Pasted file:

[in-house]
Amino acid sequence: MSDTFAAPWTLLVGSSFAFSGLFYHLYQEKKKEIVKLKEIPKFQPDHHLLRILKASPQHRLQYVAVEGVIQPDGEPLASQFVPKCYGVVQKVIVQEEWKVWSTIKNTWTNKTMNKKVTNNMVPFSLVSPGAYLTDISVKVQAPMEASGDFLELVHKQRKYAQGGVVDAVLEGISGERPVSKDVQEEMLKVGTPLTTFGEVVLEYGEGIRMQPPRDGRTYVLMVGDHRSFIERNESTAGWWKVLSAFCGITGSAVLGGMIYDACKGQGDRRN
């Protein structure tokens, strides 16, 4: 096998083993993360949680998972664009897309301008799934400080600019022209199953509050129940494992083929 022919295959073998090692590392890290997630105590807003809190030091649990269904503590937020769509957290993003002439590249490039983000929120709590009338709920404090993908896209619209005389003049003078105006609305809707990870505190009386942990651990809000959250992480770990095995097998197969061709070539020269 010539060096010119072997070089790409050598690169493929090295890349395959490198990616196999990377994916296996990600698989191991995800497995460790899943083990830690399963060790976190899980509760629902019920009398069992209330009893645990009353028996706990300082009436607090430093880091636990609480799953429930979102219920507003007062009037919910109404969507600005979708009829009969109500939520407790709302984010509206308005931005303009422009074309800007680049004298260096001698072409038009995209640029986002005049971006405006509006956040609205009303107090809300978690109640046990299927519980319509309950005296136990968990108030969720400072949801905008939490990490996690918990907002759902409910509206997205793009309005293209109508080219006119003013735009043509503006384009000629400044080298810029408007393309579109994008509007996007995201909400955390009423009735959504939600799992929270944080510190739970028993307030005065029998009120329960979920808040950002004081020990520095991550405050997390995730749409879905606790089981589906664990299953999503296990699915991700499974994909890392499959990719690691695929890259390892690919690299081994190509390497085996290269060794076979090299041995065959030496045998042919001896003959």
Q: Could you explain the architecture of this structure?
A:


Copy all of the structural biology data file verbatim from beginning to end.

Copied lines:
[in-house]
Amino acid sequence: MSDTFAAPWTLLVGSSFAFSGLFYHLYQEKKKEIVKLKEIPKFQPDHHLLRILKASPQHRLQYVAVEGVIQPDGEPLASQFVPKCYGVVQKVIVQEEWKVWSTIKNTWTNKTMNKKVTNNMVPFSLVSPGAYLTDISVKVQAPMEASGDFLELVHKQRKYAQGGVVDAVLEGISGERPVSKDVQEEMLKVGTPLTTFGEVVLEYGEGIRMQPPRDGRTYVLMVGDHRSFIERNESTAGWWKVLSAFCGITGSAVLGGMIYDACKGQGDRRN
């Protein structure tokens, strides 16, 4: 096998083993993360949680998972664009897309301008799934400080600019022209199953509050129940494992083929 022919295959073998090692590392890290997630105590807003809190030091649990269904503590937020769509957290993003002439590249490039983000929120709590009338709920404090993908896209619209005389003049003078105006609305809707990870505190009386942990651990809000959250992480770990095995097998197969061709070539020269 010539060096010119072997070089790409050598690169493929090295890349395959490198990616196999990377994916296996990600698989191991995800497995460790899943083990830690399963060790976190899980509760629902019920009398069992209330009893645990009353028996706990300082009436607090430093880091636990609480799953429930979102219920507003007062009037919910109404969507600005979708009829009969109500939520407790709302984010509206308005931005303009422009074309800007680049004298260096001698072409038009995209640029986002005049971006405006509006956040609205009303107090809300978690109640046990299927519980319509309950005296136990968990108030969720400072949801905008939490990490996690918990907002759902409910509206997205793009309005293209109508080219006119003013735009043509503006384009000629400044080298810029408007393309579109994008509007996007995201909400955390009423009735959504939600799992929270944080510190739970028993307030005065029998009120329960979920808040950002004081020990520095991550405050997390995730749409879905606790089981589906664990299953999503296990699915991700499974994909890392499959990719690691695929890259390892690919690299081994190509390497085996290269060794076979090299041995065959030496045998042919001896003959």
Q: Could you explain the architecture of this structure?
A: